Dismiss Notice
Join Physics Forums Today!
The friendliest, high quality science and math community on the planet! Everyone who loves science is here!

Homework Help: Circular motion

  1. Oct 19, 2004 #1
    the sloping side is frictionless, it is spun at constant speed by rotating the wedge. show that when a mass rises up the wedge a distance L, the speed of the mass is v=sqr(gLsin0)
    I got Fx=m(v^2/r) = mgsin0
    can I say r=L ????
    I got stuck, could you give me some hints thank you

    Attached Files:

    Last edited: Oct 19, 2004
  2. jcsd
  3. Oct 19, 2004 #2


    User Avatar
    Homework Helper

    Hint: Gravity is the centirpetal force because it is pulling the block towards the center.
  4. Oct 19, 2004 #3
    What is your specific problem with this? Tried resolving normal reaction in the right direction? Do you know what the radius of the circular path is?
  5. Oct 19, 2004 #4


    User Avatar
    Homework Helper

    Yes r will be L.

    [tex] mgsin\theta = m \frac{v^2}{l} [/tex]

    [tex] \sqrt{lgsin\theta} = v [/tex]
  6. Oct 20, 2004 #5
    thank you, however, i do not quite understand why r=l. Could you please explain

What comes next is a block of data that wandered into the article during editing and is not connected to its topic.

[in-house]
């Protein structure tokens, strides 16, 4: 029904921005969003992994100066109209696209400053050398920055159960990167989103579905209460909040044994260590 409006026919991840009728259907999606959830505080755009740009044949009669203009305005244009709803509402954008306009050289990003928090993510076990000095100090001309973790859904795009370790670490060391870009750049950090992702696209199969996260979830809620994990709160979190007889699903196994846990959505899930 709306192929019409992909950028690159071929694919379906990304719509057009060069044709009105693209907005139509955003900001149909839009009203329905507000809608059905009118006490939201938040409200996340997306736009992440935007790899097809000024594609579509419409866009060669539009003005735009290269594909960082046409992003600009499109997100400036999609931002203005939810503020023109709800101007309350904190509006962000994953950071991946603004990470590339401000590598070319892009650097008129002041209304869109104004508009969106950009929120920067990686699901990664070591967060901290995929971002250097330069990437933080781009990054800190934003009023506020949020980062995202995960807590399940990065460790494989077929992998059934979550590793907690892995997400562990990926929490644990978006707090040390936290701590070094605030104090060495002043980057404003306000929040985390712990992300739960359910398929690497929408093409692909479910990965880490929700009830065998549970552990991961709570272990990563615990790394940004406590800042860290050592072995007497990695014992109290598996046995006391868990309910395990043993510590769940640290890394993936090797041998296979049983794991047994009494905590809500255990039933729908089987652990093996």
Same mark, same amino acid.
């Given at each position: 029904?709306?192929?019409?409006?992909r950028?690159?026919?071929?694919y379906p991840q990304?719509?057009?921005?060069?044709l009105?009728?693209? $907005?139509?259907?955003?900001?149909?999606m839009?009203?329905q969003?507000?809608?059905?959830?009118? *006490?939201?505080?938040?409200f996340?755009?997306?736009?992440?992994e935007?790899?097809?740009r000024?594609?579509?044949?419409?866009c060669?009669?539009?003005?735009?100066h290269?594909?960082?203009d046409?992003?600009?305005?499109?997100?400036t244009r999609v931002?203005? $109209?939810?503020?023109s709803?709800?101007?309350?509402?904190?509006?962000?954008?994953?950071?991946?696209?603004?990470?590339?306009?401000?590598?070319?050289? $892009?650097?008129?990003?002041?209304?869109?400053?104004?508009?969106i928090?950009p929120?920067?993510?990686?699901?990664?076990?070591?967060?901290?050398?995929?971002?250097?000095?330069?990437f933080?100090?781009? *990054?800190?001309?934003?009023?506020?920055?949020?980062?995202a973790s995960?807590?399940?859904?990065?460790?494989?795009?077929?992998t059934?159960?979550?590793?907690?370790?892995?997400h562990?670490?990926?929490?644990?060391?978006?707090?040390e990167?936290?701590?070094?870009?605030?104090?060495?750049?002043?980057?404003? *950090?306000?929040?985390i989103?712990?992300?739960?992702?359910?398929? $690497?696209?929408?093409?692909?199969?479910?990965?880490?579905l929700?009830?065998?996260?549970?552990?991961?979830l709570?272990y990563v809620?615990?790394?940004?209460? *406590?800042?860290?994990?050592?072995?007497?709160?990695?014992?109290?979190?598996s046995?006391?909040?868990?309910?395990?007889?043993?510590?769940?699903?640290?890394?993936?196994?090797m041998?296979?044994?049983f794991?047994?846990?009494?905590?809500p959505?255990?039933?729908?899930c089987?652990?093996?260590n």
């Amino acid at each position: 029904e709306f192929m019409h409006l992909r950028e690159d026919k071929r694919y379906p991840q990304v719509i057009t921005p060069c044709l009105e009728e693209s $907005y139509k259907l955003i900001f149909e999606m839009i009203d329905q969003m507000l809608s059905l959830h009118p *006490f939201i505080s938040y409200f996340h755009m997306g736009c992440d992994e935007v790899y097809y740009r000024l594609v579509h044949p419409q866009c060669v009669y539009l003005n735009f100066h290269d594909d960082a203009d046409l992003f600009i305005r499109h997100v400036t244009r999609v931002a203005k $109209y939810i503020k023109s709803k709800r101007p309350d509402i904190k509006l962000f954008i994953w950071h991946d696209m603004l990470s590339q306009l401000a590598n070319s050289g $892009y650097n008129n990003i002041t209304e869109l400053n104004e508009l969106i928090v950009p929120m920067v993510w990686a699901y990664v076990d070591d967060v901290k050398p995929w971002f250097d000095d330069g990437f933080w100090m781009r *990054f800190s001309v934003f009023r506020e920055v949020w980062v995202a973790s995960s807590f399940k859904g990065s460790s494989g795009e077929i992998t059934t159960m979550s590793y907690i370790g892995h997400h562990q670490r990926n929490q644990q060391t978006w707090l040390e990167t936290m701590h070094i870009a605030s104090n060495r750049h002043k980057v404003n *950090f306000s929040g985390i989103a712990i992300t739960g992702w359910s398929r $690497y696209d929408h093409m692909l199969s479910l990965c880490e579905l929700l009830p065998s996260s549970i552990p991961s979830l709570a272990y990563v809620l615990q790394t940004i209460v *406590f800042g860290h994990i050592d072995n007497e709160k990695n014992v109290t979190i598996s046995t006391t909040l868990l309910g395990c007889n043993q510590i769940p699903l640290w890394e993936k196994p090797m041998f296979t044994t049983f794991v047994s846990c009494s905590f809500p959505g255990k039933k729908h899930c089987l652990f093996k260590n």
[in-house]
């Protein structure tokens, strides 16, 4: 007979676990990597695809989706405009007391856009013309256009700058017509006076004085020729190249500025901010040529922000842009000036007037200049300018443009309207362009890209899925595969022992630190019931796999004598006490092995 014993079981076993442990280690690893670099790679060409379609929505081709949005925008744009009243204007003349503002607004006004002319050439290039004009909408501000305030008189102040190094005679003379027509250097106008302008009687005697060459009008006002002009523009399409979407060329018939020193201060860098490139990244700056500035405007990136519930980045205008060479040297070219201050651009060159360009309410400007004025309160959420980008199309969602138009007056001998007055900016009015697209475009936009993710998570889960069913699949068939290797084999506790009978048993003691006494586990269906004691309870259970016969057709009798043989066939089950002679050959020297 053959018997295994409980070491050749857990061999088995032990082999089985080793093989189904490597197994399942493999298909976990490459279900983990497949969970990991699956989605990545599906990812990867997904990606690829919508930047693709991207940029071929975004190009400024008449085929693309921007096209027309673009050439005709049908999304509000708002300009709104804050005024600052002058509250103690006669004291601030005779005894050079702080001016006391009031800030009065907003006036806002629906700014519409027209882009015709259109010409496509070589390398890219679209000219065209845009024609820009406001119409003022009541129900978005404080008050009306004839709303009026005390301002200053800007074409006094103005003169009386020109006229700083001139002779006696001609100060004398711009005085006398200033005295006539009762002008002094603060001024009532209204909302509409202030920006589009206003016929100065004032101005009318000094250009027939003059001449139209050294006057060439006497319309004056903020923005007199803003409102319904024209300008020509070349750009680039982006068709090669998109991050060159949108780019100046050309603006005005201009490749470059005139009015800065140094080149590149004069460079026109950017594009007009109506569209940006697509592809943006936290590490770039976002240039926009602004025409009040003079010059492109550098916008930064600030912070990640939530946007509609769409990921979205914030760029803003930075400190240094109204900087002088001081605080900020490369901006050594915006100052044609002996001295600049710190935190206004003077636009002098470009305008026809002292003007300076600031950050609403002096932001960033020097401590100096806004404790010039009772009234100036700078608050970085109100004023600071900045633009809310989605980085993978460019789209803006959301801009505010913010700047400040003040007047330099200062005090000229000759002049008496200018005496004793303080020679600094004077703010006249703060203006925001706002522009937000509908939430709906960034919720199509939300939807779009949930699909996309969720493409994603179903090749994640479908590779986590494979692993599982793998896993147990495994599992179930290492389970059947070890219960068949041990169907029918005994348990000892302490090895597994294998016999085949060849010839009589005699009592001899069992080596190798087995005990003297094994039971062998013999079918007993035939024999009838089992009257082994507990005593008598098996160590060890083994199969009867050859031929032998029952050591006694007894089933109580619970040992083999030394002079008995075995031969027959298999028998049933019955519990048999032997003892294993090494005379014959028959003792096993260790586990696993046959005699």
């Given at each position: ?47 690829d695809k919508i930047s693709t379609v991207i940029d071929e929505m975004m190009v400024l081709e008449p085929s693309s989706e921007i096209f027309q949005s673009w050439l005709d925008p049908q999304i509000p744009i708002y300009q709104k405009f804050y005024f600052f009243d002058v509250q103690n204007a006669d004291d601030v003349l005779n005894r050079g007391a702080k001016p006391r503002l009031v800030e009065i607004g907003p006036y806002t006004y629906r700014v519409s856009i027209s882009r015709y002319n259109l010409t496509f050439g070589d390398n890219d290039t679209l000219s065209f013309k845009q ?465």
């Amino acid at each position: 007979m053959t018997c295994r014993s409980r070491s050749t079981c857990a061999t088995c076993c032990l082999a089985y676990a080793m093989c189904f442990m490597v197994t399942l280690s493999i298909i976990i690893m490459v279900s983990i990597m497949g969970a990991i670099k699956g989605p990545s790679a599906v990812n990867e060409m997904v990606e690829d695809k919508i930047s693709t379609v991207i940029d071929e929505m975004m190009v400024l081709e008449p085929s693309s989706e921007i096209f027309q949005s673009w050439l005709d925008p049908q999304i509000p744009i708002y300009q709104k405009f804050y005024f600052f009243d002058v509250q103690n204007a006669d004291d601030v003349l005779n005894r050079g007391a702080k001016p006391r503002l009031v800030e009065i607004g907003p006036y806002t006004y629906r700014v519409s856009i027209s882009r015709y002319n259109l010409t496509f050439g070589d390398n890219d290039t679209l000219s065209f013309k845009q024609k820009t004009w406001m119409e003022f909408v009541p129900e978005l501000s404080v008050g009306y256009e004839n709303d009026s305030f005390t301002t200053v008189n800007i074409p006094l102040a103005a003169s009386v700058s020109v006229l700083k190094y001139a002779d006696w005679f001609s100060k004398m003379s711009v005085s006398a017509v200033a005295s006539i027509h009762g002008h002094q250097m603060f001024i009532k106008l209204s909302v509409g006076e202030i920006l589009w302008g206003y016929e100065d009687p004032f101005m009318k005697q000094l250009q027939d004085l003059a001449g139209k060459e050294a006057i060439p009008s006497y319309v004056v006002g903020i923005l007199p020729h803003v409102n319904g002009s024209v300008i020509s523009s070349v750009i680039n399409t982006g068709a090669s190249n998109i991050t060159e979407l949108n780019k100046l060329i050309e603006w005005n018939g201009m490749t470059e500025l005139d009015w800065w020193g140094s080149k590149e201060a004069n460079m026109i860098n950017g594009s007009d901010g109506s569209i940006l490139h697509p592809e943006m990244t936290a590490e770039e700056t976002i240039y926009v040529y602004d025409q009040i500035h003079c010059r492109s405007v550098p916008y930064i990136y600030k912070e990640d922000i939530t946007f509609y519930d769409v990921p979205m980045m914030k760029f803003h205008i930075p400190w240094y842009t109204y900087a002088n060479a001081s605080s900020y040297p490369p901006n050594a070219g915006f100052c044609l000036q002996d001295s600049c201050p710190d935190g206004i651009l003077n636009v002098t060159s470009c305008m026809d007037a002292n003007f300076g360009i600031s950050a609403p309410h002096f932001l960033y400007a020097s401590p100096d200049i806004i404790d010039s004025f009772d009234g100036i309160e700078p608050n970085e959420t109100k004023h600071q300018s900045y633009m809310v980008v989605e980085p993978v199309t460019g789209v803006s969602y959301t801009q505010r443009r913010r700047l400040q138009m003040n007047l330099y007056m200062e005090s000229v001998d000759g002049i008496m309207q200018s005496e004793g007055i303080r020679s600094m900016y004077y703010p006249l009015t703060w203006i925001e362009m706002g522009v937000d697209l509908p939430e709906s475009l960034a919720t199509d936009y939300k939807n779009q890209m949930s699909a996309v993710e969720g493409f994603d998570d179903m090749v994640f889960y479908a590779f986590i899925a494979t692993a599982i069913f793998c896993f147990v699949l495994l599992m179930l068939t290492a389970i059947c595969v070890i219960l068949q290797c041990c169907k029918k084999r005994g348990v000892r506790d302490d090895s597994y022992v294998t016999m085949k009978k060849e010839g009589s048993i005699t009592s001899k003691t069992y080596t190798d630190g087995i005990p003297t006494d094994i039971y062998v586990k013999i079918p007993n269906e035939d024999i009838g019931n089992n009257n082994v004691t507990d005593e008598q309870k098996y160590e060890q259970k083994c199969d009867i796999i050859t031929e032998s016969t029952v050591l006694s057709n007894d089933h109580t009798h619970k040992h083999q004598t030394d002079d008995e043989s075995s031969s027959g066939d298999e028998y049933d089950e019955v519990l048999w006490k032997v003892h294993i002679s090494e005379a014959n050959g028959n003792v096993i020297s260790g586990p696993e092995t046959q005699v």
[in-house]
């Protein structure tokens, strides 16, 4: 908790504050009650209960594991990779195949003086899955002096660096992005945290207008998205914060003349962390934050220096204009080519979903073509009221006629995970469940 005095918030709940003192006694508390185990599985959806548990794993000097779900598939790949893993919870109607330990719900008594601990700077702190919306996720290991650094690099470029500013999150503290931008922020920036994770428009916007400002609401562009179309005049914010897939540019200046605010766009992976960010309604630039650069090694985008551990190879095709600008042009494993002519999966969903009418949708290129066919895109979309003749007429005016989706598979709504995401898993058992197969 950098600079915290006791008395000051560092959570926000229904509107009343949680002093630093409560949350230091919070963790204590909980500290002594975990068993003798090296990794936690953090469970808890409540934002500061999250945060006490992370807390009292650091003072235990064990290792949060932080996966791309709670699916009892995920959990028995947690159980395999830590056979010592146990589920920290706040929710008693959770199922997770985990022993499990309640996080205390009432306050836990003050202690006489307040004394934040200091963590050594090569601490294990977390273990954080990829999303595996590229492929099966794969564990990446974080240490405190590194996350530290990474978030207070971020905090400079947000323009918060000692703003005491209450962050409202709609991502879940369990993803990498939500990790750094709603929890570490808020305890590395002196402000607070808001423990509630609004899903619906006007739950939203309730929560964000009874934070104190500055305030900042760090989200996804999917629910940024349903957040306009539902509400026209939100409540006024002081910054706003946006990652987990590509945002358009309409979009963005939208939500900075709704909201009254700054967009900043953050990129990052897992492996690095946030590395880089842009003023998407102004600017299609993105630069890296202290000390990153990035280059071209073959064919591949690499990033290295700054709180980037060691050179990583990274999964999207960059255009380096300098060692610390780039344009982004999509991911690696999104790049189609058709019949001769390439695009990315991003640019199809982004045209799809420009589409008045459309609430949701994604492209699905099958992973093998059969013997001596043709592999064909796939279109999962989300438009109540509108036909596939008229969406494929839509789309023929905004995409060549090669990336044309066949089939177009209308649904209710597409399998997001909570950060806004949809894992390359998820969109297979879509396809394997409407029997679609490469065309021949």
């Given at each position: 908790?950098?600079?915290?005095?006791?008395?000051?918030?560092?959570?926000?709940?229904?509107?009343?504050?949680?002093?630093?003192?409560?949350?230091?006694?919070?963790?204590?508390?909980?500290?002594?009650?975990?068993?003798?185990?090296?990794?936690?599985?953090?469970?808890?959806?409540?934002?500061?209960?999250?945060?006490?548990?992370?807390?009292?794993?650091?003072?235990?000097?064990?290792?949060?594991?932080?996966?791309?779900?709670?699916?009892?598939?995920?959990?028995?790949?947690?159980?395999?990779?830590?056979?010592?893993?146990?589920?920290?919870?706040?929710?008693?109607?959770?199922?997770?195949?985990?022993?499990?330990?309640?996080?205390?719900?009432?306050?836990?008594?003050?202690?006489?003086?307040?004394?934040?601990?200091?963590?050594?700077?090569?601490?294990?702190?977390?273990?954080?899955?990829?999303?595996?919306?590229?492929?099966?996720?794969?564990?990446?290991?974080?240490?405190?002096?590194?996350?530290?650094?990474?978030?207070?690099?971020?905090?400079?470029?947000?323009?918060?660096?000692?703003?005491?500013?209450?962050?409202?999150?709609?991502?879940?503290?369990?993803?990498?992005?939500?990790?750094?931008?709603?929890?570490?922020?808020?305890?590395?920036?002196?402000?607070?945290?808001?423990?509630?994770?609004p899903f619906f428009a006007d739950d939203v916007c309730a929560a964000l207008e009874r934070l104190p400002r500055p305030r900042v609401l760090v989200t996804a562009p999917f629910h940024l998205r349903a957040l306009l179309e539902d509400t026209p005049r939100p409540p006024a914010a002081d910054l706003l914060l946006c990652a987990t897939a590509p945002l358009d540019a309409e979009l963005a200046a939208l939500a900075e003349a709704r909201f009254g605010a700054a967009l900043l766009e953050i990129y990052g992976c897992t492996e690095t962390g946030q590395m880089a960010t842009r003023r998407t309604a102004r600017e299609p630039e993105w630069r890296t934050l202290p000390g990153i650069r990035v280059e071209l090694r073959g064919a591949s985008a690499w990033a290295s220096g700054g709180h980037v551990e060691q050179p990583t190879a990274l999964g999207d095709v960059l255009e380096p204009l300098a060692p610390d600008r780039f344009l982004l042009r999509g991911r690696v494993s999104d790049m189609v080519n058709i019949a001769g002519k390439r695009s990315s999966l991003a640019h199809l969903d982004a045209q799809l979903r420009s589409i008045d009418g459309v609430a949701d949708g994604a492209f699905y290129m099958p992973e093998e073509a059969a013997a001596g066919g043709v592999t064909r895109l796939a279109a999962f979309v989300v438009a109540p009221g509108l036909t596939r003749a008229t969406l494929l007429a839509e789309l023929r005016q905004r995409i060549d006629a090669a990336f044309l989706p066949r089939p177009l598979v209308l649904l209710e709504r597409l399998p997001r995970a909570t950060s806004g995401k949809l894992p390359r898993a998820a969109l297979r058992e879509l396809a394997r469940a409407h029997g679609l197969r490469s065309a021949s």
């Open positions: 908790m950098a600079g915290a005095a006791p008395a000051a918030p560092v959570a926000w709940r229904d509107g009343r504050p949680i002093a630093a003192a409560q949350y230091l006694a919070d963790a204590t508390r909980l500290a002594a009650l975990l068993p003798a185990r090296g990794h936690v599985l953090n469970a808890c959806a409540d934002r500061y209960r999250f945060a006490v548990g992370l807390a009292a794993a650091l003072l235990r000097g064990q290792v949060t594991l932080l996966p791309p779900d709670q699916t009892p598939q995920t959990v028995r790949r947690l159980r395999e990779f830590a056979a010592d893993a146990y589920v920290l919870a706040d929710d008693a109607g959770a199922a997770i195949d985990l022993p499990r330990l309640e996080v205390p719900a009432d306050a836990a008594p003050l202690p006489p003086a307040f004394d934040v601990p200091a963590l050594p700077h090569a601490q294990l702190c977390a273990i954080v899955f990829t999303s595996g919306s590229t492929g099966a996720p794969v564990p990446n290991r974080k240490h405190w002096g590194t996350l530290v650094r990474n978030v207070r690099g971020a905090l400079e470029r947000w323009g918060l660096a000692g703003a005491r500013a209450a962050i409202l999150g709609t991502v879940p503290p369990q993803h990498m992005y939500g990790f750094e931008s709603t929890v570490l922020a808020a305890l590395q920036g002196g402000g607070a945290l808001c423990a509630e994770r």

7. Oct 20, 2004 #6
    Where you get the equation m(v^2/r)=mgsin0. I have search for many reference book but can't find this equation .Can you tell me ?
  8. Oct 20, 2004 #7
    In my analysis, I resolve the normal reaction in the horizontal and vertical direction. This gives,

    [tex]N\cos\theta = mg[/tex]
    [tex]N\sin\theta = \frac{mv^2}{l\cos\theta}[/tex]

    I divide equation 2 by equation 1 to get

    [tex]v^2 = gl\sin\theta[/tex]

  9. Oct 20, 2004 #8
    mg sin theta is the component of the weight acting down the incline (resolve mg in two directions one parallel and the other perpendicular to the plane). Drawing a well labeled freebody diagram might help.
  10. Oct 20, 2004 #9


    User Avatar
    Homework Helper

    Yes Maverick, that's a correct analysys for the way your coordinate system was put, although i prefer your way than mine, because it is using the vertical coordinate system (most used in Circular Motion) rather than the inclined one.
Share this great discussion with others via Reddit, Google+, Twitter, or Facebook